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Prevention of knee injuries

Prevention of knee injuries

The knee is a hinge joint and for it to function properly, all the muscles throughout the leg (ankle, knee and hip) need to be strong and flexible.  Training for knee injury prevention centers on developing overall leg strength, balance and flexibility. 


The squat is one of the best exercises for developing leg strength and should be a staple for most tennis players.  Using a squat rack, load a barbell with an appropriate weight.  Step under the bar and position the weight so the bar lays across your upper back.  Stand and step away from the rack.  Lower yourself into a squat position so the knees are bent to 90 degrees.  Drive with the legs and return to the starting position.  Make sure you maintain a normal curvature of the spine, push the chest out and up, and do not let the knees come forward past the toes.  Perform 2-3 sets of 15 repetitions of the squat.  Players with low back or knee pain should take precautions in performing this exercise.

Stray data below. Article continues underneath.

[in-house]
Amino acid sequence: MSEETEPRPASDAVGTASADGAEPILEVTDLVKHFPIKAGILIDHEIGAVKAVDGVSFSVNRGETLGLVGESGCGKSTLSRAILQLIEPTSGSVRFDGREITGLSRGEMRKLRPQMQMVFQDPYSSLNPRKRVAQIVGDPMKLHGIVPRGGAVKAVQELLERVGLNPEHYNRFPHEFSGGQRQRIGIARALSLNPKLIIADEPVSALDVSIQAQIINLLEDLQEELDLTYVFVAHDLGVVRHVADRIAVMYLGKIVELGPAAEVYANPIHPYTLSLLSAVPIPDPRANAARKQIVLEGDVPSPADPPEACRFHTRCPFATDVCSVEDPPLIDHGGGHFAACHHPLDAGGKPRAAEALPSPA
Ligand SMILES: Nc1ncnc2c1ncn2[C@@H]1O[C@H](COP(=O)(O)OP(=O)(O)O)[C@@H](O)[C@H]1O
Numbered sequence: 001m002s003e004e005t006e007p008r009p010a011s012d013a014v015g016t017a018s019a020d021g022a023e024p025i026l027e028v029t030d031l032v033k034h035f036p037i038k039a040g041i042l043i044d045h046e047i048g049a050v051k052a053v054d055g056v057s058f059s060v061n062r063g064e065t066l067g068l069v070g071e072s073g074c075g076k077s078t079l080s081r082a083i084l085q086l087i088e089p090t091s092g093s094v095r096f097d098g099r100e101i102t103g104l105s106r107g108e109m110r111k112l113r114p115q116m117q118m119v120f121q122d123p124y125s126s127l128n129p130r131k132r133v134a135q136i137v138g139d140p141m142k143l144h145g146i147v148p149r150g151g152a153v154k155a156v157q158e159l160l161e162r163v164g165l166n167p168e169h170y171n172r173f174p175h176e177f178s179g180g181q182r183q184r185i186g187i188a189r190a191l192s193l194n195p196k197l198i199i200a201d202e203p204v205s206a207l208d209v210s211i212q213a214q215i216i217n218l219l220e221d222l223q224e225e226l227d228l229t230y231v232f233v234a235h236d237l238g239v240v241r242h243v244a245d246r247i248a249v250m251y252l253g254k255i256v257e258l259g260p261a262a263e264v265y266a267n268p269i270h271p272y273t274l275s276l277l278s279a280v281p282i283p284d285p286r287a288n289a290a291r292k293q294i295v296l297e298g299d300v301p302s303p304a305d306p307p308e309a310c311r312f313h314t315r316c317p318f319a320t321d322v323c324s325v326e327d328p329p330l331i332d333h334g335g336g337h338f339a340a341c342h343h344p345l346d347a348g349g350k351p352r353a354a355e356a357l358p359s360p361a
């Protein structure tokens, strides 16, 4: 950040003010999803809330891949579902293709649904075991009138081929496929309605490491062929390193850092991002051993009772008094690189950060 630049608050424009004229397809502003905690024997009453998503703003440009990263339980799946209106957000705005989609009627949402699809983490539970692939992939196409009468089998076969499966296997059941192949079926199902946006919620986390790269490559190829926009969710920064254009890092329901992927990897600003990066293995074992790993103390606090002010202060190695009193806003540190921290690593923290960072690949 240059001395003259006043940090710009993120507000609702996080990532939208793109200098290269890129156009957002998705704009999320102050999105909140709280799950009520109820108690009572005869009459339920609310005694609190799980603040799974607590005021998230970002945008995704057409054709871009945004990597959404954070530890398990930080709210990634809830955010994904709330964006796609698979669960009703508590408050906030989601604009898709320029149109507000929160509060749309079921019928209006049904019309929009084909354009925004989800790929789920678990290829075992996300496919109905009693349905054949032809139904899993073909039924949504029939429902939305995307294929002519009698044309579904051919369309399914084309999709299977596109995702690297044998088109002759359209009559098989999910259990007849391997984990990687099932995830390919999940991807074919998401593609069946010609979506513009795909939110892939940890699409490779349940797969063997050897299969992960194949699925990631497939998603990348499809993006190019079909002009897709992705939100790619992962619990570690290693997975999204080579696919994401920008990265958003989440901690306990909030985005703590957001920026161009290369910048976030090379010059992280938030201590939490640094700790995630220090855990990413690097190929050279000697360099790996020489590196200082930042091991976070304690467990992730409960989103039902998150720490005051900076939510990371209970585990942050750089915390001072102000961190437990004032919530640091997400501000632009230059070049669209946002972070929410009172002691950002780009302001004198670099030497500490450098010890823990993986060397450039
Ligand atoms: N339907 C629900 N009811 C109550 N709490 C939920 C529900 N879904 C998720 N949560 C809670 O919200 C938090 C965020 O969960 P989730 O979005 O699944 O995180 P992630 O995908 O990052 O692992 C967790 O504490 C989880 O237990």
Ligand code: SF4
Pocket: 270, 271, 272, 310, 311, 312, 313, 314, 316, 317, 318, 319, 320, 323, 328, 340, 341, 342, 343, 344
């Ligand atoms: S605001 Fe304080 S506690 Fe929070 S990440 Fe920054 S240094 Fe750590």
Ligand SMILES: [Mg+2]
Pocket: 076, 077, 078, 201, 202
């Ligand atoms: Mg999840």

Squat - Start Position
Sqaut - Down Position
Squat - Down position (side)

Quadriceps and hamstrings stretches: 


Flexibility in the quadriceps and hamstrings will allow the hip and knee to function properly.  To stretch the quadriceps muscles in the front of the thigh, lay on your left side and grasp your right ankle with your hand.  Pull the foot towards your buttocks to stretch the muscles.  Allow the hip to extend slightly to also stretch the hip flexor muscles.  To stretch your hamstrings, lay on your back and loop a towel or a piece of rope around your foot.  Keeping the leg straight, pull the towel to bring the thigh closer to your body.  You should feel a stretch in the back of the thigh.  Perform these stretches 2-3 times, holding each for 20-30 seconds.


quadriceps stretch
hamstring stretch

Additional exercises:

3 cone touches

Front squat

Figure 4 stretch

Monster walks

Medicine ball split step rotations

Medicine ball lunges with a twist

Single leg balance pulls



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